Posted December 12, 2017

Utility Reselling Setback
Dispatch reports on the rejection of a tenant complaint to the PUCO about a utility reseller. "The rejection of her complaint is notable because it is the first such case since the PUCO said in June that it was taking action to rein in utility resellers, a type of business also called a submeter company. The key point of the June decision was that submeter companies could charge no more than the regulated price that a consumer would otherwise pay, with exceptions. Wingo’s attorney, Mark Whitt of Columbus, said he will continue to pursue the case, first by asking the PUCO to reconsider and then with an appeal to the Ohio Supreme Court. “This will be the easiest appeal I’ve ever had,” he said.
posted November 23, 2017

Ohio is slated to lose Housing Vouchers at proposed 2018 spending levels
     According to Center for Budget and Policy Priorities (CBPP), Ohio currently has 91,648 vouchers. Under the Senate appropriations bill that number would drop by -1,650. Under the House funding bill, the loss would be -4,857 units. While most of these cuts will be addressed by attrition (vouchers being turned it won't be reissued to families on the waiting list) some cuts may mean families could have vouchers taken away.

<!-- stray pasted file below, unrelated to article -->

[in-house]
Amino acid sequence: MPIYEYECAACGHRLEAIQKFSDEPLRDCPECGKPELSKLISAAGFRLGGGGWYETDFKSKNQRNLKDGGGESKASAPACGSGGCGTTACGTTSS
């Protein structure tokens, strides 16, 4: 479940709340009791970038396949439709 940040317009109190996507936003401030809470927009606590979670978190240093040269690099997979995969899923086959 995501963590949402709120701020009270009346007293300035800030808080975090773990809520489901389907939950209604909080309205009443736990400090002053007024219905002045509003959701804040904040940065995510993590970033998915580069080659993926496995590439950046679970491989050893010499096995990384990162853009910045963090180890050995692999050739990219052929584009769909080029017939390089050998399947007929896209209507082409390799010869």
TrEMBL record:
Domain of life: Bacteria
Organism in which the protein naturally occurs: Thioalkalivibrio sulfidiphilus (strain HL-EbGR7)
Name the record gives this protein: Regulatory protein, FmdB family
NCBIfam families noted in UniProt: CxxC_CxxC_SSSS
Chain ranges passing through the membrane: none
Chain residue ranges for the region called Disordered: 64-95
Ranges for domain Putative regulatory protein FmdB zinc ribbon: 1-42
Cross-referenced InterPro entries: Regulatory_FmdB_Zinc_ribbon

The alternative, of course, is to increase the funding for housing vouchers. But that would take an Act of Congress...specifically an Appropriations Bill that will adjust the voucher line item for increases in rent, being seen all around the country. This year battles over appropriations has been a stepchild in the advocacy world with debates over abolishing ACA and Tax Cuts taking center stage.
Appropriations will be left to a last minute, second thought effort after Thanksgiving and before Congressional reps leave town for a well deserved vacation. But wait! Appropriations will also be the focus for Democratic efforts to save the DACA program so that "Dreamers" can stay in the US.
   What could possibly go wrong?
   And an update from inside the Sausage Factory: Politico's "The Huddle" Blog reports that the House is intent on passing Tax Cuts before considering spending levels. If House and Senate don't agree to raise the caps on spending, the only way Voucher funding can be increased is to take money away from some other HUD program. RHINO says "Can't walk or chew gum."